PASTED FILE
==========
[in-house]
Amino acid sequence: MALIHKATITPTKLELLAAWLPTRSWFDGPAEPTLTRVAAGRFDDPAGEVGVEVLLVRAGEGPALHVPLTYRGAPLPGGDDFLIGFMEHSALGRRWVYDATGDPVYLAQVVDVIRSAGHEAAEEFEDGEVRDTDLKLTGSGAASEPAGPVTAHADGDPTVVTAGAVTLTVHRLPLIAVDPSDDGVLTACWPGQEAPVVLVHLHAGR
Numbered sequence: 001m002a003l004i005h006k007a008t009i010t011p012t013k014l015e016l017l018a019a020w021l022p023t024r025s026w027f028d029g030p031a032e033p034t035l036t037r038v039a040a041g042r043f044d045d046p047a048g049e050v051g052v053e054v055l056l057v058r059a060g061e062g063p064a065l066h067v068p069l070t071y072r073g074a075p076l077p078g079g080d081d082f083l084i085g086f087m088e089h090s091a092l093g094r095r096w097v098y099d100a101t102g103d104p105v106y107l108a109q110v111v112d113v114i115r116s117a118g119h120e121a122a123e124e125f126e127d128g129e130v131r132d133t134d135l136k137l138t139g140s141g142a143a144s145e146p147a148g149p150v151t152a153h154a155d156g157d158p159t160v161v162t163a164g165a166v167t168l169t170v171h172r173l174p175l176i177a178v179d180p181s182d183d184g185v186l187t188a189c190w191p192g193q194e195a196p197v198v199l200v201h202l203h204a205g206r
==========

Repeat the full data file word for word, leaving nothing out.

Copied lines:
[in-house]
Amino acid sequence: MALIHKATITPTKLELLAAWLPTRSWFDGPAEPTLTRVAAGRFDDPAGEVGVEVLLVRAGEGPALHVPLTYRGAPLPGGDDFLIGFMEHSALGRRWVYDATGDPVYLAQVVDVIRSAGHEAAEEFEDGEVRDTDLKLTGSGAASEPAGPVTAHADGDPTVVTAGAVTLTVHRLPLIAVDPSDDGVLTACWPGQEAPVVLVHLHAGR
Numbered sequence: 001m002a003l004i005h006k007a008t009i010t011p012t013k014l015e016l017l018a019a020w021l022p023t024r025s026w027f028d029g030p031a032e033p034t035l036t037r038v039a040a041g042r043f044d045d046p047a048g049e050v051g052v053e054v055l056l057v058r059a060g061e062g063p064a065l066h067v068p069l070t071y072r073g074a075p076l077p078g079g080d081d082f083l084i085g086f087m088e089h090s091a092l093g094r095r096w097v098y099d100a101t102g103d104p105v106y107l108a109q110v111v112d113v114i115r116s117a118g119h120e121a122a123e124e125f126e127d128g129e130v131r132d133t134d135l136k137l138t139g140s141g142a143a144s145e146p147a148g149p150v151t152a153h154a155d156g157d158p159t160v161v162t163a164g165a166v167t168l169t170v171h172r173l174p175l176i177a178v179d180p181s182d183d184g185v186l187t188a189c190w191p192g193q194e195a196p197v198v199l200v201h202l203h204a205g206r